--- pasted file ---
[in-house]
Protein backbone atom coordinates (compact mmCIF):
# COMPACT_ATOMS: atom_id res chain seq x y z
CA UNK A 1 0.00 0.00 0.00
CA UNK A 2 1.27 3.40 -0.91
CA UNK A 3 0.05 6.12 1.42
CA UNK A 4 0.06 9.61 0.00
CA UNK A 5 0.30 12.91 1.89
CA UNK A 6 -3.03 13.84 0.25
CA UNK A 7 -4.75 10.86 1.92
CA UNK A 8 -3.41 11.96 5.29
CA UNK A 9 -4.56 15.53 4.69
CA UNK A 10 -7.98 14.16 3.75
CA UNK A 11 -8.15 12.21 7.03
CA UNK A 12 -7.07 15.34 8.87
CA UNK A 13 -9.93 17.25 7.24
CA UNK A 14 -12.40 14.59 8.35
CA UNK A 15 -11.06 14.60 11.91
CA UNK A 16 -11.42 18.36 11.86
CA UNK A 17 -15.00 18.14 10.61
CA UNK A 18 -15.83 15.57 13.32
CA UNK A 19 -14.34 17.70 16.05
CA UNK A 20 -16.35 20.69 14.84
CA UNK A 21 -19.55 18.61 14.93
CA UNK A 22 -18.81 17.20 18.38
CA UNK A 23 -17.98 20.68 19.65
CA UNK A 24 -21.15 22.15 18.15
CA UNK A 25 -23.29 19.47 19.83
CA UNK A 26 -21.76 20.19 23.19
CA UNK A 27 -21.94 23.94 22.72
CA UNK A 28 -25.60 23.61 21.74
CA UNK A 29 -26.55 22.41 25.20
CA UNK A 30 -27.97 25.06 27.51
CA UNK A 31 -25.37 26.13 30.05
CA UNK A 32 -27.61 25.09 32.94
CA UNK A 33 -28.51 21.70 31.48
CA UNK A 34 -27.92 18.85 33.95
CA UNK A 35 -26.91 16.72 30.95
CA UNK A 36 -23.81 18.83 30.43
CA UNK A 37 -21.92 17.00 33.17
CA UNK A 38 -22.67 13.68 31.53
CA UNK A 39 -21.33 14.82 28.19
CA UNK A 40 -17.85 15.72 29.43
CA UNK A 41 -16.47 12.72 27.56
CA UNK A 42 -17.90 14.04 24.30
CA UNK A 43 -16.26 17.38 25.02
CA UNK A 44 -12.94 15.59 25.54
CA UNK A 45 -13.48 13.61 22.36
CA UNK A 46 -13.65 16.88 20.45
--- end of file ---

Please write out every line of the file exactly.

[in-house]
Protein backbone atom coordinates (compact mmCIF):
# COMPACT_ATOMS: atom_id res chain seq x y z
CA UNK A 1 0.00 0.00 0.00
CA UNK A 2 1.27 3.40 -0.91
CA UNK A 3 0.05 6.12 1.42
CA UNK A 4 0.06 9.61 0.00
CA UNK A 5 0.30 12.91 1.89
CA UNK A 6 -3.03 13.84 0.25
CA UNK A 7 -4.75 10.86 1.92
CA UNK A 8 -3.41 11.96 5.29
CA UNK A 9 -4.56 15.53 4.69
CA UNK A 10 -7.98 14.16 3.75
CA UNK A 11 -8.15 12.21 7.03
CA UNK A 12 -7.07 15.34 8.87
CA UNK A 13 -9.93 17.25 7.24
CA UNK A 14 -12.40 14.59 8.35
CA UNK A 15 -11.06 14.60 11.91
CA UNK A 16 -11.42 18.36 11.86
CA UNK A 17 -15.00 18.14 10.61
CA UNK A 18 -15.83 15.57 13.32
CA UNK A 19 -14.34 17.70 16.05
CA UNK A 20 -16.35 20.69 14.84
CA UNK A 21 -19.55 18.61 14.93
CA UNK A 22 -18.81 17.20 18.38
CA UNK A 23 -17.98 20.68 19.65
CA UNK A 24 -21.15 22.15 18.15
CA UNK A 25 -23.29 19.47 19.83
CA UNK A 26 -21.76 20.19 23.19
CA UNK A 27 -21.94 23.94 22.72
CA UNK A 28 -25.60 23.61 21.74
CA UNK A 29 -26.55 22.41 25.20
CA UNK A 30 -27.97 25.06 27.51
CA UNK A 31 -25.37 26.13 30.05
CA UNK A 32 -27.61 25.09 32.94
CA UNK A 33 -28.51 21.70 31.48
CA UNK A 34 -27.92 18.85 33.95
CA UNK A 35 -26.91 16.72 30.95
CA UNK A 36 -23.81 18.83 30.43
CA UNK A 37 -21.92 17.00 33.17
CA UNK A 38 -22.67 13.68 31.53
CA UNK A 39 -21.33 14.82 28.19
CA UNK A 40 -17.85 15.72 29.43
CA UNK A 41 -16.47 12.72 27.56
CA UNK A 42 -17.90 14.04 24.30
CA UNK A 43 -16.26 17.38 25.02
CA UNK A 44 -12.94 15.59 25.54
CA UNK A 45 -13.48 13.61 22.36
CA UNK A 46 -13.65 16.88 20.45